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Ancient Egypt
1. Introduction
2. People
3. Life styles
4. Culture
5. Education and Science
6. Society
7. Economy
8. Government
9. Cities and Villages
10. Language
11. Religion
12. Kings / periods
13. History
14. Map



























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Open map of Ancient EgyptAncient Egypt /
People



Ancient Egypt: From the Workers' Village at Luxor, Egypt, showing Sennedjem and his wife.
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Ancient Egypt: From the Workers' Village at Luxor, Egypt, showing Sennedjem and his wife.

Ancient Egypt: A scene indiciating rivalry or jealousy. From National Musuem, Cairo, Egypt.
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Ancient Egypt: A scene indiciating rivalry or jealousy. From National Musuem, Cairo, Egypt.

Ancient Egypt: Noble man's mummy with painting of the deceased. Originally from Fayoum Oasis, now in National Musuem, Cairo, Egypt.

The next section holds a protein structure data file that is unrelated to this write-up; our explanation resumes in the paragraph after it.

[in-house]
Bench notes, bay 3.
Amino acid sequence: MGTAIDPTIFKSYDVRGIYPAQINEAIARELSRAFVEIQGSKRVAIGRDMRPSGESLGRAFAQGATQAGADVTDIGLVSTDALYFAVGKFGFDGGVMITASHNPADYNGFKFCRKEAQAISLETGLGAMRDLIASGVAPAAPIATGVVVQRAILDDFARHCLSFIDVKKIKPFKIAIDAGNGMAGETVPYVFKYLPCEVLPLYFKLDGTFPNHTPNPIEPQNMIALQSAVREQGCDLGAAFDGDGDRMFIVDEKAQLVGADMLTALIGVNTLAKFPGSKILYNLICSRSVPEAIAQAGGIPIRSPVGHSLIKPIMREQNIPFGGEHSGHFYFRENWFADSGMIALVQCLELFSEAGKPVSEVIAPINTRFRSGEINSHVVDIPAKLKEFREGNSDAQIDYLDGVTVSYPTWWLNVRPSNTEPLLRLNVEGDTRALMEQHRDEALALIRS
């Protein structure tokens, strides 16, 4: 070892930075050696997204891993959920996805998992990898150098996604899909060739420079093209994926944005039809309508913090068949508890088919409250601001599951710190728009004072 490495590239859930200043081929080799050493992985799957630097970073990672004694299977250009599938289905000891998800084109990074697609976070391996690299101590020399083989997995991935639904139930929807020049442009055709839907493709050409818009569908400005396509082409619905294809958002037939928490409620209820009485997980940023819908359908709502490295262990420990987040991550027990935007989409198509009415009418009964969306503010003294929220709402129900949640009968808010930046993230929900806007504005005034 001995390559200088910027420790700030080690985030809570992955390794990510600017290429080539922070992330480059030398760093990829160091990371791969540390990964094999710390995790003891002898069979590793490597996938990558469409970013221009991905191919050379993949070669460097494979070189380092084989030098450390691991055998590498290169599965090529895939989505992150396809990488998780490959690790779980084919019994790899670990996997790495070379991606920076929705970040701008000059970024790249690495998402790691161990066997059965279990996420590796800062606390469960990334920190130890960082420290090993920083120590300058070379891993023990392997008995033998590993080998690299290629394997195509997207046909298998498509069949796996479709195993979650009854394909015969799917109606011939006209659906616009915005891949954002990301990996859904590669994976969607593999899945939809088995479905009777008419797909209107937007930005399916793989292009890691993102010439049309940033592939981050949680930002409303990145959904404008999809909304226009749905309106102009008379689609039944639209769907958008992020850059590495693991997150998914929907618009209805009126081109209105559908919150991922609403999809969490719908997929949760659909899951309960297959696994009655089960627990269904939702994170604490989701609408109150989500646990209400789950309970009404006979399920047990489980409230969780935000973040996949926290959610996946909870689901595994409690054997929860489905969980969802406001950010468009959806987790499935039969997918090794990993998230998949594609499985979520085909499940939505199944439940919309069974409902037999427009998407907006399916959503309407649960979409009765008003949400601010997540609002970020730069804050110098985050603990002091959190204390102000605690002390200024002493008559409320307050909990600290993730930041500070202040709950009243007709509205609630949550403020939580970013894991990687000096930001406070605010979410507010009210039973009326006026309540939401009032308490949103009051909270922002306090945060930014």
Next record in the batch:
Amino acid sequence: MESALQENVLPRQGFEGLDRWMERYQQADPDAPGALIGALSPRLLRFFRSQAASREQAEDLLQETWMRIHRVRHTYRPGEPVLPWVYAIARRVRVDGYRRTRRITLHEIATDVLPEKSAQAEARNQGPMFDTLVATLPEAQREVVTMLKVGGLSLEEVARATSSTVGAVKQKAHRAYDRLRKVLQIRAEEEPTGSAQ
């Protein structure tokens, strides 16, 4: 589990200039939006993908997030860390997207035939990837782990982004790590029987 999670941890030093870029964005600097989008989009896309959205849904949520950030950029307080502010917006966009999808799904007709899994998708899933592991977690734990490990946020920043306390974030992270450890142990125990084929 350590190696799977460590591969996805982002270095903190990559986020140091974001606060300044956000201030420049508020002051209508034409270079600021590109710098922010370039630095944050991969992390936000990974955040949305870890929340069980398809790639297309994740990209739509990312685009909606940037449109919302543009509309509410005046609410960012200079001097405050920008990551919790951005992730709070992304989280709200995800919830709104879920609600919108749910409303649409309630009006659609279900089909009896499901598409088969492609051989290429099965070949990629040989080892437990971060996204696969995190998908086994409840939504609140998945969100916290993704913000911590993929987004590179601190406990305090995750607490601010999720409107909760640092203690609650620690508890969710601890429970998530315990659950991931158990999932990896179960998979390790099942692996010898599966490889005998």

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Ancient Egypt: Noble man's mummy with painting of the deceased. Originally from Fayoum Oasis, now in National Musuem, Cairo, Egypt.

The number of inhabitants of Ancient Egypt ranged between 1.5 and 6 million depending on the period. Most of the inhabitants lived along the Nile, but there was also a substantial population in the Nile Delta. The desert population was small in comparison.
The population of Ancient Egypt had approximately the same ethnic characteristics as modern Egyptians, medium dark skin and soft, dark hair.
There have been several waves of immigrations and emigrations over the 2000 years since the decline of Ancient Egypt, not to mention the great influx of foreign peoples during the 3,000 years of the classical period. Ancient Egypt was an attractive place, and traders came from every country of northern Africa, the Middle East and many European countries as well. Many settled, and some left their trace on the Egyptian population from sexual relations with locals.
Egypt was also attractive to invading armies, soldiers of which often settled in the conquered land and married Egyptian women.
Slaves represented the third type of immigration. Slaves came from foreign lands, either as trading merchandise or as war prisoners. As both male and female slaves could marry and have children, they also left their mark on the Egyptian population.





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By Tore Kjeilen